Self-Help Groups – Empowering Women
- According to the 2002 Census Survey, while 74.8 percent of women in India are agricultural workers in rural India only 9.3 percent of them are landholders. Women in India have a limited economic opportunity with over eighty percent of the informal economy/vulnerable jobs taken on by them.
- According to World Bank studies, investing in employing a woman often yields to better returns to the family than men.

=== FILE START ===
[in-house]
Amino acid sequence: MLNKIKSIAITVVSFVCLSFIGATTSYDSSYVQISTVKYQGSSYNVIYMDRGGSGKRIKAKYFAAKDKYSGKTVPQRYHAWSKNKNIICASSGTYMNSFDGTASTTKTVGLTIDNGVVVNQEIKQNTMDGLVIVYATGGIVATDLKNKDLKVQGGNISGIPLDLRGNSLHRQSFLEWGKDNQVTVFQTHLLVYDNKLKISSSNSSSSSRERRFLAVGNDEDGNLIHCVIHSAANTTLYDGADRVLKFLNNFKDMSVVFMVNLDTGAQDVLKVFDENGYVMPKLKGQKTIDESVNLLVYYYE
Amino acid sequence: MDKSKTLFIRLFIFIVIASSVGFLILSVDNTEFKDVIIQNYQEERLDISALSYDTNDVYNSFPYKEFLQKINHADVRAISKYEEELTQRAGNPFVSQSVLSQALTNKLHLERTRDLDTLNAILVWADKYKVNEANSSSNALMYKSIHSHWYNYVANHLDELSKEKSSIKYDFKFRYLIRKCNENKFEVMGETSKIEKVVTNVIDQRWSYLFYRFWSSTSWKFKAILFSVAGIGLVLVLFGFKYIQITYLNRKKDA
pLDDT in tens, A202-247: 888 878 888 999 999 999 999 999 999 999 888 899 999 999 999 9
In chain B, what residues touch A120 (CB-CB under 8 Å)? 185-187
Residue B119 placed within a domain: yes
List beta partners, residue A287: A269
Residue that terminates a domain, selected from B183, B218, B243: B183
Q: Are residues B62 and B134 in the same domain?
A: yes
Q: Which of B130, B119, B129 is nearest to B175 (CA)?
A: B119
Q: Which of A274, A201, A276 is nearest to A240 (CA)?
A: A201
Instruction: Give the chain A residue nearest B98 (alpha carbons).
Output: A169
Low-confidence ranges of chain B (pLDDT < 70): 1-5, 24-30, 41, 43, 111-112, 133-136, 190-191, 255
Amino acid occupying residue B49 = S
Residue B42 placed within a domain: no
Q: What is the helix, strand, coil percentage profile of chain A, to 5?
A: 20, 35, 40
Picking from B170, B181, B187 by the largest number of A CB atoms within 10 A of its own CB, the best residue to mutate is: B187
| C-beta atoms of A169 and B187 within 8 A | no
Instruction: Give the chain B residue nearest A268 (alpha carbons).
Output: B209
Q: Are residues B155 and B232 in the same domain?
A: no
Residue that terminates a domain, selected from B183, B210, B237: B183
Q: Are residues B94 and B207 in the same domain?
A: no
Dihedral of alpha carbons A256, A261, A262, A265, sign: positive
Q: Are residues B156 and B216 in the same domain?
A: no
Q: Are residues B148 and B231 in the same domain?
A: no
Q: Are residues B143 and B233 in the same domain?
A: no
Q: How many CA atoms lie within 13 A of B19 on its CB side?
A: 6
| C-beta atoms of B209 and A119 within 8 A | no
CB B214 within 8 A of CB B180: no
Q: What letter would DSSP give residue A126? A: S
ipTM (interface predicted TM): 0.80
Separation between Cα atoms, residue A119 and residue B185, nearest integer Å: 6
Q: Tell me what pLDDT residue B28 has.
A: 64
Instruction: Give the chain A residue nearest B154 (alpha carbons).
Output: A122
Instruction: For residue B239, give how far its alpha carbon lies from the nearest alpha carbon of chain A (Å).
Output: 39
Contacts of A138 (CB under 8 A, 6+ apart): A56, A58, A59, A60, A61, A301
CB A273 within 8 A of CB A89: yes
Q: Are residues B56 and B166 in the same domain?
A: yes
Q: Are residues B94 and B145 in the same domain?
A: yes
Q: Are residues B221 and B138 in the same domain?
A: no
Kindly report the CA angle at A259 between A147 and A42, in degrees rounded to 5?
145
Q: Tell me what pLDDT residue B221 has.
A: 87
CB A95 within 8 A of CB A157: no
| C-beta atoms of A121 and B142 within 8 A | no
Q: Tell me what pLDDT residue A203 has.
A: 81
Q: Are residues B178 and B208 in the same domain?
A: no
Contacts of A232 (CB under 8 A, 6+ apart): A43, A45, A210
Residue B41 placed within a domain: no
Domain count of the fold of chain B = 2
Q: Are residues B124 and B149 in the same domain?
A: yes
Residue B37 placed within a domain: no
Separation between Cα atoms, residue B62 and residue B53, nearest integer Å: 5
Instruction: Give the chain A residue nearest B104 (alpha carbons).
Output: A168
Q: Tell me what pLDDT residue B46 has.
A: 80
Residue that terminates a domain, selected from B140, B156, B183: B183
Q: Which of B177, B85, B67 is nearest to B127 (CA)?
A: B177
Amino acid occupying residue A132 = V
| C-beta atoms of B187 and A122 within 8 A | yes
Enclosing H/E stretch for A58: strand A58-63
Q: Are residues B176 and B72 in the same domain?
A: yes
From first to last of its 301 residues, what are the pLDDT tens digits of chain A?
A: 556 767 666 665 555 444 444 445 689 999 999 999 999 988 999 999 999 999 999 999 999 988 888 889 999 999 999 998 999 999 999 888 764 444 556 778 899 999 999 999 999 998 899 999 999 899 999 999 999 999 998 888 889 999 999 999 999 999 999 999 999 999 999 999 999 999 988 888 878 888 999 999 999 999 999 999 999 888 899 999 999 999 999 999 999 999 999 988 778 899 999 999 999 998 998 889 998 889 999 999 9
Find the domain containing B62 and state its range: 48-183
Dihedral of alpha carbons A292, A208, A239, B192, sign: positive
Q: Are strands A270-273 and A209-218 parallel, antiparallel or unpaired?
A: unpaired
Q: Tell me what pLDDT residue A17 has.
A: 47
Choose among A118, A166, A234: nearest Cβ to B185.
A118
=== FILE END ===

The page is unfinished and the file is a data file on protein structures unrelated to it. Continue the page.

- In 1991, Self-Help Groups rose to prominence in India with NABARD promoting SHG’s on a large scale and RBI allowing them to open a savings account. Today SHG’s are thriving across India, especially amongst women.
- In Swaniti’s experience, there is often a preferred sentiment for SHG’s. Therefore, this brief has been prepared with the expectation of being used to develop SHGs.
- The objective of this brief to identify solutions on how to make women economically empowered by encouraging Self-Help Groups